Softball pitcher earns ?Player of the Week? in first Sac State game

Joe Fleming

Sacramento State pitcher Taylor Stroud was awarded Pacific Coast Conference “Player of the Week” in her first game as a Hornet.

This first appearance was as a relief pitcher in the team’s season opener at Fresno State on Feb 12. She entered the game in the fifth inning when the score was tied 4-4 with no outs and a runner on second base. Taylor Stroud was able to shut down the Bulldogs and pitched her way out of the jam. It was not until the 11th inning that a run came across the plate for Fresno on a throwing error from Sacramento State’s catcher down to second base. The ball sailed into centerfield allowing the winning run to score.

Even though she took a tough loss, she pitched well enough to earn player of the week.

More importantly Stroud immediately went over to console the distraught teammate, said head coach Kathy Strahan.

“Taylor went right off the mound, put her arm around her, told her it was all right,” Strahan said. “You just don’t see that often out of a freshmen, who (was playing) in her first college game. It’s remarkable.”

Stroud, a 19-year-old freshman from Santa Rosa, plans on continuing her dominance in high school here at the college level. Stroud achieved a 0.25 ERA her senior year at Montgomery High School, threw two no-hitters, completed 85 straight scoreless innings and pitched a combined 35-4 record her junior and senior years. Her excellent record in high school earned Stroud a partial scholarship at Sac State.

“I’m pretty competitive,” Stroud said. “I’m hoping I can keep up what I did in high school.”

The support she received from her family is a major part of why she was able to have so much success in sports.

Her parents, Rod and Denise Stroud, were constantly driving her from their home in Santa Rosa to where she played in San Jose, which is approximately two hours away.

They made the trip as often as three times a week. The result of softball expenses caused the family to live more conservatively &- something that her older brother Jarrod and younger sister Megan also dealt with growing up.

“We had to make some major sacrifices, we only had, like 10 channels,” Stroud said. “It was really tight with money.”

Even necessities such as groceries were a valued commodity for the family, and vacations gave way to fund the softball lifestyle. Both Jarrod and Megan were often burdened because of Taylor’s games, but they never wavered in their support of her.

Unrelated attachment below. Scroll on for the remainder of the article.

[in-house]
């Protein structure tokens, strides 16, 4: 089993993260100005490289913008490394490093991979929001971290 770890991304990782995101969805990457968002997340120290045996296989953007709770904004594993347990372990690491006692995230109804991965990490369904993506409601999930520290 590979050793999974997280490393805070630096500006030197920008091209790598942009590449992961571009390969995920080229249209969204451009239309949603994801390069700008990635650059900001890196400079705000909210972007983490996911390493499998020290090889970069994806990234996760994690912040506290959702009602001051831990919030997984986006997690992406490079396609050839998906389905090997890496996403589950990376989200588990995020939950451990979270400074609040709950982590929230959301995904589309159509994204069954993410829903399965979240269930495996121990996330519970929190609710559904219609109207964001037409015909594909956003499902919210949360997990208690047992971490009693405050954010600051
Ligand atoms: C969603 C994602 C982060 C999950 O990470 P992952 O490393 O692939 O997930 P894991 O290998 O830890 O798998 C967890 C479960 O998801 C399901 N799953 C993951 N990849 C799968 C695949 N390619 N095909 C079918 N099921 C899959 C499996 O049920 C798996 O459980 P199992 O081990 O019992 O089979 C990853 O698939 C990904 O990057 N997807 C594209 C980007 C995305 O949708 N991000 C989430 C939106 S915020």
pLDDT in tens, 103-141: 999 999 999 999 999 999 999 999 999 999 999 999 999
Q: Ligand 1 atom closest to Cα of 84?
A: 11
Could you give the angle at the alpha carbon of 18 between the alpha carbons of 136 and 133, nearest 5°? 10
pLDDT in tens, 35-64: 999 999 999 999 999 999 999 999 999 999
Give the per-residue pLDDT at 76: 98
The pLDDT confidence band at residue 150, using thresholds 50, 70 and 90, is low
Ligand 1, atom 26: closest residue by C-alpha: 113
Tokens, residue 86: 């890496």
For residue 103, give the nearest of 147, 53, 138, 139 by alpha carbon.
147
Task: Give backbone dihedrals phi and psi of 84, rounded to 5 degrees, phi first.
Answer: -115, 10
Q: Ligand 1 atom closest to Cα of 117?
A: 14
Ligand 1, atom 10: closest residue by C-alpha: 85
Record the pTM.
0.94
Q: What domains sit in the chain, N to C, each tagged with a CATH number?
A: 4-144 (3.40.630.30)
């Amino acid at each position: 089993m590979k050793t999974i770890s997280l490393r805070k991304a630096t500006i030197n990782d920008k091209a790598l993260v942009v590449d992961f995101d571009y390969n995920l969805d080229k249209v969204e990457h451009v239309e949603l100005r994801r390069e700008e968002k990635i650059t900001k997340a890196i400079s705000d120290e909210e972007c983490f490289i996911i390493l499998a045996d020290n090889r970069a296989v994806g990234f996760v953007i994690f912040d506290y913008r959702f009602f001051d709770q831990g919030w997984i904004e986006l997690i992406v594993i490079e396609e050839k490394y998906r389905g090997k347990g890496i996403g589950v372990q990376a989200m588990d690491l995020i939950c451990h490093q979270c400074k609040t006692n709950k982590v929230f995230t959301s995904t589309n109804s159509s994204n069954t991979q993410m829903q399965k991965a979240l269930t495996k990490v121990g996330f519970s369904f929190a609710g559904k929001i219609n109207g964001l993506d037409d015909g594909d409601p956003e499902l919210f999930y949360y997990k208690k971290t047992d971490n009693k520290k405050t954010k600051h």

She said the rigorous and demanding schedule actually brought the family closer together because of all the time they spent with each other. Instead of watching television, Stroud and her father would play catch.

“I was so lucky to have such a supportive family,” Stroud said. “I don’t think I’d be here if I didn’t have that.”

Going home is not something she has been able to do all the time because she has no car. Her parents, along with her faith, inspire her to be altruistic in life.

She finds time to give back to her community by volunteering at Happy Time Preschool in Santa Rosa where she spent time with toddlers. This winter she also helped at a homeless outreach program in Sacramento.

“I do it mostly because I enjoy it and it’s really rewarding,” Stroud said. “When I help out the homeless they are very grateful. It just feels good to know you’re helping someone.”

She now finds herself giving all she has got to her team at Sac State.

“She’s just passionate about everything she does,” Strahan said. “She doesn’t go out and play for accolades. She plays because she loves playing.”

Stroud’s teammates share the same sentiments as the coach. According to some members of the team, she did not take long to jump into action and be a valued member of the squad.

“I think she’s done amazing, she’s adapted really well,” said sophomore catcher Molly Smith. “In the fall when she started her first game it blew everybody’s mind. She did amazing.”

Other teammates and coaches are equally impressed with her positive, yet sassy attitude that keeps the dugout lively.

Senior pitcher Megan Schaefer has gotten to know Stroud well and loves the fiery approach she has.

“She says stuff that freshman wouldn’t normally say. She’s such a goofball, (and) has one of the biggest work ethics,” Schaefer said. “As an upperclassman I even look up to her.”

The team’s pitching coach, Lori Perez, has enjoyed Stroud’s “quirky” demeanor and hard work thus far.

“She’s been confident in her abilities and has shown what we thought she could do at this level,” Perez said. “She’s got the type of personality (and) work ethic that we look for in this program.”

Stroud is not a typical high velocity pitcher. She tries to mix it up with several different off-speed varieties. On a team where they have plenty of fastball experts, she fits in nicely to show the other team something different. Strahan calls her the “spin doctor.”

“She has so much spin on the ball, a hitter can know what’s coming and can’t get a solid piece,” she said.

Stroud’s ability to learn fast and improve is something she has always been good at doing. She started playing softball at the age of 9, but her slow start did not last long. She said she was “horrible” at first, but it was her dream to play at the college level. Sac State began recruiting Stroud at age 16 by going to her high school games and by the time she was junior she verbally committed to becoming a Hornet.

“There were a few other colleges, but the second I stepped on campus I knew I wanted to come here,” Stroud said. “It was perfect.”

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